Bhopal gas tragedy
On the intervening night of December 2–3, 1984, India witnessed the world’s worst industrial tragedy. Toxic gasses like Methyl isocyanate were leaked from a pesticide factory owned by Union Carbide. More than 20,000 people died because of the exposure to the gas till now. The people responsible for the incident were never brought to justice. To this day, the victims who suffered the consequences of the catastrophic industrial disaster are fighting for justice.
For the first time in India, the case led to a focus on the need for protecting people and the environment from industrial accidents, with new laws introduced by the government afterwards. But those who suffered the effects firsthand have continued insisting that the company at the centre of it all — Union Carbide, now a part of Dow Jones — has not fulfilled its responsibility in terms of providing just compensation.
Around 19 years after compensation was agreed upon, the Indian government filed a curative petition in 2010 to seek additional compensation from Dow, of more than ten times the amount it gave in 1989. Last month, the government told the Supreme Court that it is “keen to pursue” it, saying it “cannot abandon” the people.
Its effects were such that apart from killing thousands of people in a short span of time, it led to disease and other long-term problems for many who inhaled the gas. The scale of environmental pollution also became clearer only later. For example, the sources of water around the factory were deemed unfit for consumption and many handpumps were sealed. To date, the reproductive health of many of Bhopal’s women has been affected, and children born to those exposed to the gas have faced congenital health problems.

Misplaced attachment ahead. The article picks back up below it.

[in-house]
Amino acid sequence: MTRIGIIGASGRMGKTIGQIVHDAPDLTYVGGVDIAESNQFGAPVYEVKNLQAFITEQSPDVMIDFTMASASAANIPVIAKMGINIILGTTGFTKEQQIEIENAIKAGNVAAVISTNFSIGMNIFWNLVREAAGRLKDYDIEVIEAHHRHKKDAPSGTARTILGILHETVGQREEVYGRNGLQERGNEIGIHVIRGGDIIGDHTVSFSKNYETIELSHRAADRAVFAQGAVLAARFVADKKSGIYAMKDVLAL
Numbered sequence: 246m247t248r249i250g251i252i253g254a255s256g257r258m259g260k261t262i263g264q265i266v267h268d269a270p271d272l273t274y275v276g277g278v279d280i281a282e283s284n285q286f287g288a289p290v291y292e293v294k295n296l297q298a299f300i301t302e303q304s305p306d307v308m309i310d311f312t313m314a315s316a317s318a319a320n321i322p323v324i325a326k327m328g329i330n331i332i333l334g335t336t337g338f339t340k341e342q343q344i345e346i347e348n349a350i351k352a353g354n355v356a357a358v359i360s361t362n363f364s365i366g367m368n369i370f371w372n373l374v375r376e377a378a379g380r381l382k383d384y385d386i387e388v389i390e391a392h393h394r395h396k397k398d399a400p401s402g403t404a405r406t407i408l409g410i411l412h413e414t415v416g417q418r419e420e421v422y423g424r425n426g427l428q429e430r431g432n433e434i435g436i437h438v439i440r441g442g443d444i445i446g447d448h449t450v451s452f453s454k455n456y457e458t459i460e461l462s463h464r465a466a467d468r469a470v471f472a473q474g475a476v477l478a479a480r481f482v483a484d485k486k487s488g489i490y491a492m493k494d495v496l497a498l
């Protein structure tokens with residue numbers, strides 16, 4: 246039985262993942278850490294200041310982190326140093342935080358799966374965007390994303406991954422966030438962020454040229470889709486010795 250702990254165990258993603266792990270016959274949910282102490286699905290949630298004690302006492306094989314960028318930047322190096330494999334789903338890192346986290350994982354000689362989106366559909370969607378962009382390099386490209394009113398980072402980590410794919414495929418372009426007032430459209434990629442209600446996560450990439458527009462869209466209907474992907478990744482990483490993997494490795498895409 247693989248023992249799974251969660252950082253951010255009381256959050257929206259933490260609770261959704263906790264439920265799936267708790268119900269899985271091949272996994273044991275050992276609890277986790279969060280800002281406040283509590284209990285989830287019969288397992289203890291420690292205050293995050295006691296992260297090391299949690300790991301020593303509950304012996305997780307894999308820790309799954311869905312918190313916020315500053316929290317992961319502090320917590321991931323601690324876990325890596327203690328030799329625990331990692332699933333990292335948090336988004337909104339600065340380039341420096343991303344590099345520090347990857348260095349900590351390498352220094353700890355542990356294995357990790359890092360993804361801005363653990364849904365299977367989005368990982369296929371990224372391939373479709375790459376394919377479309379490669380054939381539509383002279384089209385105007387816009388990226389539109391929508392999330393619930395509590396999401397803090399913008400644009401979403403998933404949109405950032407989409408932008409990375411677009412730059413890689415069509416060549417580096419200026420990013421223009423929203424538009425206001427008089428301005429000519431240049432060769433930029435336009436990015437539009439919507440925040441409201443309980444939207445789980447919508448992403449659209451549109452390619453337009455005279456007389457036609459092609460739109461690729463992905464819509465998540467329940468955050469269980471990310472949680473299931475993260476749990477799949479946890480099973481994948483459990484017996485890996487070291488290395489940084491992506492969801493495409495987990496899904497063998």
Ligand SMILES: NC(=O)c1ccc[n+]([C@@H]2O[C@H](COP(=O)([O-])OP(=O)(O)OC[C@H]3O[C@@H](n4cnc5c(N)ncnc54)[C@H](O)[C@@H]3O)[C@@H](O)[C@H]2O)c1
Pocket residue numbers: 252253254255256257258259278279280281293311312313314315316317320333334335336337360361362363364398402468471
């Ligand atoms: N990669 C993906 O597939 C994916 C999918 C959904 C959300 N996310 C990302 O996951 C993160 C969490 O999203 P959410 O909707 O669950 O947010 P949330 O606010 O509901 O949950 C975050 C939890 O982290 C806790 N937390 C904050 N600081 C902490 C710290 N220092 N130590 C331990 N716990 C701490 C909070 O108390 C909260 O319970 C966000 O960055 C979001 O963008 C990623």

The demand for compensation
After the disaster, the Bhopal Gas Leak Disaster (Processing of Claims) Act was passed in 1985, giving certain powers to the Indian government for settling claims. It said the Central Government would have the “exclusive right” to represent, and act in place of every person connected with the claims.
A case was lodged against Union Carbide. Warren Anderson, the Chairman of UC, was arrested when he visited India but was shortly released on bail, after which he left the country. Other high-level executives were also released on bail.
The case was also in a US court for some time but was later transferred to India. By December 1987, the CBI filed a charge sheet against Anderson. Two years later, a non-bailable warrant of arrest against Warren Anderson was issued, for repeatedly ignoring summons. Anderson never returned to India and died in 2014.
In February 1989, the Indian government and Union Carbide struck an out-of-court deal and compensation of $470 million was given by UC. The Supreme Court also upheld it in a judgement. Over the years, the government gradually released the money, but the delay led to frequent protests by those affected.
The tragedy of Bhopal continues to be a warning sign at once ignored and heeded. Bhopal and its aftermath were a warning that the path to industrialization, for developing countries in general and India in particular. If the Provisions Relating to Hazardous Processes would be present at the time of accident and other safety, health and welfare provisions would be followed, we would never had to face such Industrial disaster. Some moves by the Indian government, including the formation of the Ministry of Environment and Forests (MoEF), have served to offer some protection of the public’s health from the harmful practices of local and multinational heavy industry and grassroots organizations that have also played a part in opposing rampant development.